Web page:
Sweden’s highest court rejects same-sex marriage case

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A gay couple who got married in Canada should not be regarded as a married couple under Swedish law, a court has ruled.

Lars Gårdfeldt and Lars Arnell lost their case against the Swedish tax authority.

The couple, who are both Church of Sweden priests, claimed the decision to classify their Canadian marriage as a civil partnership was discriminatory.

Sweden highest court, the Supreme Administrative Court, said that a Swedish law from 1987 defines marriage as between a man and a woman and therefore the tax authority was correct to classify the overseas same-sex marriage as a civil partnership.

The gay couple had argued that “the tax authorities can make an exception for a marriage where one party is under-age but not for homosexuals,” The Local reports.

If they had won the case it could have led to a de facto legalisation of same-sex marriage.

Sweden’s Prime Minister has pledged to introduce a ‘gender neutral’ marriage law next year.

In January 2007 the Church of Sweden, which was disestablished in 2000, began offering religious blessings to gay unions and actively welcomed LGBT clergy.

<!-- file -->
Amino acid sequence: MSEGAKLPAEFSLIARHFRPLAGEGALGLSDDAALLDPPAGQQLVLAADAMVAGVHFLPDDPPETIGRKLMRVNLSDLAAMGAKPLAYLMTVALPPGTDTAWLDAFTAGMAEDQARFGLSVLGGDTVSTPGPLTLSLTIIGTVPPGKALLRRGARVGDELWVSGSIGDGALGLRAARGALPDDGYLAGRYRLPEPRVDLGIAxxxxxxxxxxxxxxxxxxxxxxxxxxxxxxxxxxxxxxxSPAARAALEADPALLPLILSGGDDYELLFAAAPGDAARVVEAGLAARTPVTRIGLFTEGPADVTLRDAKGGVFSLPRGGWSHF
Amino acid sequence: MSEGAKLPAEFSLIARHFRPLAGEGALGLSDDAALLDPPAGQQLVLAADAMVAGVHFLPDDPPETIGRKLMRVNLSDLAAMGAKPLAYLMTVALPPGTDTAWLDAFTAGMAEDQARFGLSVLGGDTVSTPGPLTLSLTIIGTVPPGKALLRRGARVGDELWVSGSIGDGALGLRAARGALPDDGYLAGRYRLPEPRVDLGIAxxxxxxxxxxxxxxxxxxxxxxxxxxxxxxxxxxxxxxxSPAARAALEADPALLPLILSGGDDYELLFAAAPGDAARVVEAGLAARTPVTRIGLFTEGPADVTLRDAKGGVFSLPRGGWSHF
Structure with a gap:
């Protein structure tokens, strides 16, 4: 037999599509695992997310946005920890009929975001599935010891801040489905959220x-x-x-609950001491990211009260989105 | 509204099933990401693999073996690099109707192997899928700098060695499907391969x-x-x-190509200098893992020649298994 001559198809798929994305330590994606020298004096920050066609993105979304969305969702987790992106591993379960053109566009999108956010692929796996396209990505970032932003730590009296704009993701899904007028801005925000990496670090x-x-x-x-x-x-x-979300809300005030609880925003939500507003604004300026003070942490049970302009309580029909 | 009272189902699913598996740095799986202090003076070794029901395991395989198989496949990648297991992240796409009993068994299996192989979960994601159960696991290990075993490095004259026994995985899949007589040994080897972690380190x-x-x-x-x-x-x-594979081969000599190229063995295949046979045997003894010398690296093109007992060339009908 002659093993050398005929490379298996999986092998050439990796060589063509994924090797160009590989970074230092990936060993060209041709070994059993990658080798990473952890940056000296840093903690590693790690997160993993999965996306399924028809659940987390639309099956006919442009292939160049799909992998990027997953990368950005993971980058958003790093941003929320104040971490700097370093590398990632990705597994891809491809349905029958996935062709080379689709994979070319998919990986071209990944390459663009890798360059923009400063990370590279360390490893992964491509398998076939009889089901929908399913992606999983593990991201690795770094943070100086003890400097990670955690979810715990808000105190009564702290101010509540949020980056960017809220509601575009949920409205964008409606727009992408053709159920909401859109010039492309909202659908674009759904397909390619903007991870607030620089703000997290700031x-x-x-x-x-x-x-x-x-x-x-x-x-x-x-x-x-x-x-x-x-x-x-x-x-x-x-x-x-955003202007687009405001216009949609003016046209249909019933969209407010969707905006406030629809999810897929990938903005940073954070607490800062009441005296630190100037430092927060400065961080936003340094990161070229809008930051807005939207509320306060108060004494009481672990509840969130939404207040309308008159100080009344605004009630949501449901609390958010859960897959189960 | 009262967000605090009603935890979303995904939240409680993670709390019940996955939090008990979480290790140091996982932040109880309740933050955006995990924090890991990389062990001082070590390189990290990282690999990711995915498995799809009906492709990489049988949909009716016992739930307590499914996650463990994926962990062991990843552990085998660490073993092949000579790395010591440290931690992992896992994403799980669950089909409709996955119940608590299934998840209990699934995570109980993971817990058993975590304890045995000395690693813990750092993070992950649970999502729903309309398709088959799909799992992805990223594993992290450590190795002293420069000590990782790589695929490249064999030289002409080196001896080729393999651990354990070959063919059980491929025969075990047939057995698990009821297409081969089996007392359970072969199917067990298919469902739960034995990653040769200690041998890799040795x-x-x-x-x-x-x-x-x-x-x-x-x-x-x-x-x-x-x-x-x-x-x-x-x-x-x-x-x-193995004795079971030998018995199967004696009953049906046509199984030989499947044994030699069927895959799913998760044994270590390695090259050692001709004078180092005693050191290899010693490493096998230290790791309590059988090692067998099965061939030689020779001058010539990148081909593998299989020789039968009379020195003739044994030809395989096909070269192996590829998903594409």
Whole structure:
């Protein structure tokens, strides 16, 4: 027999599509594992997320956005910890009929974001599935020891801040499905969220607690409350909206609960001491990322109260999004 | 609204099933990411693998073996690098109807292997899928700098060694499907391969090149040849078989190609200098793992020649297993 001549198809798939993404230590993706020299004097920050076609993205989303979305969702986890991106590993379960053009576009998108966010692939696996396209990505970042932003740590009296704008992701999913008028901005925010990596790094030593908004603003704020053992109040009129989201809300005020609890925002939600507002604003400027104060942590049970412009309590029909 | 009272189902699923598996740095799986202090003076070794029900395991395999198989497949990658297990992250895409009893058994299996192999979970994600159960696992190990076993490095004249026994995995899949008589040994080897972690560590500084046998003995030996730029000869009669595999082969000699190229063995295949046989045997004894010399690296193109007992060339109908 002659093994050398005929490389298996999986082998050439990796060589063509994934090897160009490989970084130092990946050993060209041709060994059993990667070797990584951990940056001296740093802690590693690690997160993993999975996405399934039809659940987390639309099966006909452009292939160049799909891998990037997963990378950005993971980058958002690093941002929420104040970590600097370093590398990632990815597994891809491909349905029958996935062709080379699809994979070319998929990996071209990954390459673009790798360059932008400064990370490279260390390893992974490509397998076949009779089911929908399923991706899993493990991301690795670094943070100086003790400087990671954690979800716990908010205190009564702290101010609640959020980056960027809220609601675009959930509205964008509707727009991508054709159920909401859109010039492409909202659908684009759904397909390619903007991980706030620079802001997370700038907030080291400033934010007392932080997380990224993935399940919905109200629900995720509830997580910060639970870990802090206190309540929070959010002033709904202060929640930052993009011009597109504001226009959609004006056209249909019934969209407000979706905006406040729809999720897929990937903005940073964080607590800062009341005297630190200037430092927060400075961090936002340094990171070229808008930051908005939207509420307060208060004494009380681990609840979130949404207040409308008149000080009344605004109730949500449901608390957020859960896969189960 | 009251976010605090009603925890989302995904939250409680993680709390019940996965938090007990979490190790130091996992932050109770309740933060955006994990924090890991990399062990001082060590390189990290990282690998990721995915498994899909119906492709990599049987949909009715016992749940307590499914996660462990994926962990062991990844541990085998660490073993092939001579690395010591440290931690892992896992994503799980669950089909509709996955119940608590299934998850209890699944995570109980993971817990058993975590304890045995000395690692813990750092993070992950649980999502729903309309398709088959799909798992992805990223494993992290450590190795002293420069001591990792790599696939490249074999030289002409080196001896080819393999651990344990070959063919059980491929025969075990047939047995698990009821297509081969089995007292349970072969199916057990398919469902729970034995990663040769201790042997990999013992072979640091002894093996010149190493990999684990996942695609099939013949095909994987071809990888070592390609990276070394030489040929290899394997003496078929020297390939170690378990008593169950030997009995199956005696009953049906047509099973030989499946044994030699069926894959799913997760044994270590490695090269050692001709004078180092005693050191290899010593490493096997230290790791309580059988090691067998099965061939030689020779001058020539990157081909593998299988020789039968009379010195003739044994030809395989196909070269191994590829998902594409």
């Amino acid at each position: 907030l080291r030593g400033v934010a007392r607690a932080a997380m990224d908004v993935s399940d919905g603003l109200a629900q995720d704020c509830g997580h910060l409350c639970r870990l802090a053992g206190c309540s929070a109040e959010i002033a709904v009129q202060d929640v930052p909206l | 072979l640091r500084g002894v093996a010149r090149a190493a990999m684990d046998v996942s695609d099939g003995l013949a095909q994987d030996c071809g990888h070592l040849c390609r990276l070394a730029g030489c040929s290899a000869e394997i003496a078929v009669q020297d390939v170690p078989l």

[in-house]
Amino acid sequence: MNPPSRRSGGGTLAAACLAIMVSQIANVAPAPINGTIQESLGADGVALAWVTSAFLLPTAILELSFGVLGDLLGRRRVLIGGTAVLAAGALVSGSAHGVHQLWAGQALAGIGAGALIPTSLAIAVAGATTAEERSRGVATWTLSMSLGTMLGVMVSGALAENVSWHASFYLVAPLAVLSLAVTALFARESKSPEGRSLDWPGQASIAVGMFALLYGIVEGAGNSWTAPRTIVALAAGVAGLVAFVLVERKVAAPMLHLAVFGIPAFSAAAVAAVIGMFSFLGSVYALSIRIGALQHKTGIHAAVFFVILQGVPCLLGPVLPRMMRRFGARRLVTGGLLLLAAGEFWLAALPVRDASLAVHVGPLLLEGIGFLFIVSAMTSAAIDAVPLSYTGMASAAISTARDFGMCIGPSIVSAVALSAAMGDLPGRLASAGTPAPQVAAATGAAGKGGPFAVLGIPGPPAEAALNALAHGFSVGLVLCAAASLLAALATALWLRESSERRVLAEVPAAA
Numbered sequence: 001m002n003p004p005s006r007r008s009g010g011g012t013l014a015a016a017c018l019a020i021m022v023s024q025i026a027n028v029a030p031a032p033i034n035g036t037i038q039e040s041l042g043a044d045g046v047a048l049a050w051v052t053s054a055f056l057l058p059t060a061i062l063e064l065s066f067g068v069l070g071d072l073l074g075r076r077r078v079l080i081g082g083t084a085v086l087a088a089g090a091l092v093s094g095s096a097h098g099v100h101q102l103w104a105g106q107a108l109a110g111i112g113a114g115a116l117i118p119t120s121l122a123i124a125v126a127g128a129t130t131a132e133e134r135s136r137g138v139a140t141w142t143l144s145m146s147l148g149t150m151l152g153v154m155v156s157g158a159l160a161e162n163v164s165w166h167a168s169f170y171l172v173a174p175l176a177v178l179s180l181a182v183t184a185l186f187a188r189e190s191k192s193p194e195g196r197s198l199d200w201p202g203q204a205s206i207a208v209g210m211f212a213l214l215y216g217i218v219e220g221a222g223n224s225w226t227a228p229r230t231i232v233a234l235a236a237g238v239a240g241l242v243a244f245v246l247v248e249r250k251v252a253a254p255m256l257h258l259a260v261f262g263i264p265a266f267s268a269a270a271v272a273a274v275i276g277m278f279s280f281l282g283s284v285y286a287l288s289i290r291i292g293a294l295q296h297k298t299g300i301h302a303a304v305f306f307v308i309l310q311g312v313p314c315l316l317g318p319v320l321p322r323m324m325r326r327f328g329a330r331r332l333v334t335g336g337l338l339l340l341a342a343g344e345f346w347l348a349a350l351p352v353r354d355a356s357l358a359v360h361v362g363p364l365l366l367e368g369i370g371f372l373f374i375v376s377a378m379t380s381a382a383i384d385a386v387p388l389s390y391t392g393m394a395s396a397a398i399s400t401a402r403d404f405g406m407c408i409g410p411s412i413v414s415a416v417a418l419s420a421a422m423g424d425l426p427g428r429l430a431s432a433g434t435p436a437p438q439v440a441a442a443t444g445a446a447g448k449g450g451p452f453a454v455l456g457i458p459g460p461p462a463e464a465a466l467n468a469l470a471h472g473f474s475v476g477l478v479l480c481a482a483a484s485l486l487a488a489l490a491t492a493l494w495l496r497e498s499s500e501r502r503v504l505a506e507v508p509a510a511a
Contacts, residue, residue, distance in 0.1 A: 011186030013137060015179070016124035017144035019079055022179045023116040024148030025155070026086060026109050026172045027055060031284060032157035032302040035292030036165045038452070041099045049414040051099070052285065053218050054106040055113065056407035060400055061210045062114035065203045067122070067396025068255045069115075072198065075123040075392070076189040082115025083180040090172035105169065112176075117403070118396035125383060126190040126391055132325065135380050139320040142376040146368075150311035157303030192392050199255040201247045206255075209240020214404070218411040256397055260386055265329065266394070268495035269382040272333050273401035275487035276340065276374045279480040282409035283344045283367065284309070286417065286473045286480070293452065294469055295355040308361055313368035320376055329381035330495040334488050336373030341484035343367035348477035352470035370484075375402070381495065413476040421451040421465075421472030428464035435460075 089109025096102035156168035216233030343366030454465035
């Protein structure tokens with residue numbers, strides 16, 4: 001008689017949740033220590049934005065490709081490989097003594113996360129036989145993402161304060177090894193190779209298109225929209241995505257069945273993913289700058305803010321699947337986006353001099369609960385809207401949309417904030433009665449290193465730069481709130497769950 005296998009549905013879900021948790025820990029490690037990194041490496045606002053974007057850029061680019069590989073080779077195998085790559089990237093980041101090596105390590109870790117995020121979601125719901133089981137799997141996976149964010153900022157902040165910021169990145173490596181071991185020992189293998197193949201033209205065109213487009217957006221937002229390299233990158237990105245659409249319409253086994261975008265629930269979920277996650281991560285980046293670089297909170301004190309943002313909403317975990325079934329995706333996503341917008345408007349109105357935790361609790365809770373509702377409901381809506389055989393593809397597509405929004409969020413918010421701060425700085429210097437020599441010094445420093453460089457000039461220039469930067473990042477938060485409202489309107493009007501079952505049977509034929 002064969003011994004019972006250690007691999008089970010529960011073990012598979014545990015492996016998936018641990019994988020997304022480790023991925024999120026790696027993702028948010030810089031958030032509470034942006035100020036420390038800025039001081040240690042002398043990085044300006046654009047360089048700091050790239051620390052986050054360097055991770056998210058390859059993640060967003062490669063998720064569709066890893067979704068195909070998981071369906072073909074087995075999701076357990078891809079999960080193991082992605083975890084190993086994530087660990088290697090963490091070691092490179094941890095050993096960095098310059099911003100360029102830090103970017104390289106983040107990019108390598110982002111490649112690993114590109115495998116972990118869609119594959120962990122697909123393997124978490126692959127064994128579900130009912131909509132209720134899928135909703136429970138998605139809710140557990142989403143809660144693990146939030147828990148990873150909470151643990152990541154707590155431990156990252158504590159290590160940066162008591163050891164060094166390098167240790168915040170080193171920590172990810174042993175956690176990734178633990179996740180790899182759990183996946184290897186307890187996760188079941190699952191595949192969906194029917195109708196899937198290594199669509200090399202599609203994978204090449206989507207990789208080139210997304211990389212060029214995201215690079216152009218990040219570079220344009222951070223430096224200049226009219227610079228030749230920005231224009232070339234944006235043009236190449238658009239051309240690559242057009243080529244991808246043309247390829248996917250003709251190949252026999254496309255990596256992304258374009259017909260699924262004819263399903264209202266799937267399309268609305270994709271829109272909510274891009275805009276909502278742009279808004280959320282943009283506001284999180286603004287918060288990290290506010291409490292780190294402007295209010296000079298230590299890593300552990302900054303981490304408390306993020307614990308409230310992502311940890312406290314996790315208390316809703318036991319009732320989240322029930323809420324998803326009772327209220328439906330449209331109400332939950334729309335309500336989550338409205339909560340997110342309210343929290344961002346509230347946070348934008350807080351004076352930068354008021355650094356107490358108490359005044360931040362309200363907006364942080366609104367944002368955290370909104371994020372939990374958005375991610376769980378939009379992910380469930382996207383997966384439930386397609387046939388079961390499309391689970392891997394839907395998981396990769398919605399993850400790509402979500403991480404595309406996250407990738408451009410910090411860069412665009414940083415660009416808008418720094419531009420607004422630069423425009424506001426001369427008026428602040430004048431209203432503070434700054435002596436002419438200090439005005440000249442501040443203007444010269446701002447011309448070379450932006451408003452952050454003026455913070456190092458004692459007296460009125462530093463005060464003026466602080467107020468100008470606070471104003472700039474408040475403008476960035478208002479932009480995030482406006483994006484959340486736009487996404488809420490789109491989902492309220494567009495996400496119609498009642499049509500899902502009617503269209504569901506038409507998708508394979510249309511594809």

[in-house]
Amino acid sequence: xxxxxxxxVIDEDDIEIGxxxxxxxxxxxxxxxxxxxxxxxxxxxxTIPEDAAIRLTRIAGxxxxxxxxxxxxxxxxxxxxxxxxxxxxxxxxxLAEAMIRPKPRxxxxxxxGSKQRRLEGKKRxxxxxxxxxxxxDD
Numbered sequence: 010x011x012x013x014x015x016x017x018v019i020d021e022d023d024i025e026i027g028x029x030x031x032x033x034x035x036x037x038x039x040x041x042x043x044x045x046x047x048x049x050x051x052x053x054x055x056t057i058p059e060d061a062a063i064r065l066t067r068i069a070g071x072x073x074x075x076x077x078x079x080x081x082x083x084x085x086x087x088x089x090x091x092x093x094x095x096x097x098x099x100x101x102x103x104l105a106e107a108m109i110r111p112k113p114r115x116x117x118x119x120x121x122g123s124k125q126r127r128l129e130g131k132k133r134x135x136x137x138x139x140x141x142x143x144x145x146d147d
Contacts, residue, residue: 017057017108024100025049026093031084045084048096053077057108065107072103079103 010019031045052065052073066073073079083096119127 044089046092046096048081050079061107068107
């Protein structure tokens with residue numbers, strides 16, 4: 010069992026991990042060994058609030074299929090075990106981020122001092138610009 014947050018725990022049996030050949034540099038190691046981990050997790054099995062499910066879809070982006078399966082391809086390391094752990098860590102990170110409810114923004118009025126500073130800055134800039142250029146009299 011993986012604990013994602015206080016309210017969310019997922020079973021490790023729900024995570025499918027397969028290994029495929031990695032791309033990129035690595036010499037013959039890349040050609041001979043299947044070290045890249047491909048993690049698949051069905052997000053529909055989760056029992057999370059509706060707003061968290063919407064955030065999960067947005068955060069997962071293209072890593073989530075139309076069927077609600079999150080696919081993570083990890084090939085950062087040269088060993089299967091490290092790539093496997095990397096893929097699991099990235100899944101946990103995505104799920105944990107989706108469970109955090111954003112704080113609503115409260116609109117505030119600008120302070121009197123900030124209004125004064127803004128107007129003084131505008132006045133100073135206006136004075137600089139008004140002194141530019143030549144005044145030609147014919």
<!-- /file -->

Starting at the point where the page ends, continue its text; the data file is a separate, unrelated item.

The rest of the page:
Last year the Church agreed that marriage and partnership were equivalent forms of unions.

It recommended however that the term “marriage” be referred only to heterosexual couples.

The Swedish Church, a Lutheran branch of Christianity with more than 7 million members out of a population of 9 million, had been asked to express its opinion on the matter directly by the government, which intends to modify the 1987 law defining marriage as an union between man and woman.

While there is strong support for gay marriage, the measures to introduce it have still not come before Parliament.

Gay and lesbian couple can register their partnership through a civil ceremony, a process introduced in 1995 which gives same-sex couples the same rights as married couples.

A poll for the Sifo Institute published in January found that 71% of Swedes think gay people should be allowed to marry.

Six of the seven parties represented in Sweden’s parliament are in support of gay marriage with only the Christian Democrats, a junior member of the four-party coalition, opposing it.

The opposition Social Democrats, Greens and Left party claim the government has had ample time to bring forward legislation.

Last month Swedish Prime Minister Fredrik Reinfeldt said:

“The coalition government has agreed that we will present a basic marriage bill to parliament.

“The three parties in favour of a gender neutral marriage law will then present an accompanying motion seeking to have such a law in place by May 1st 2009.”

The new law would allow church weddings, though clergy can opt out of performing gay ceremonies.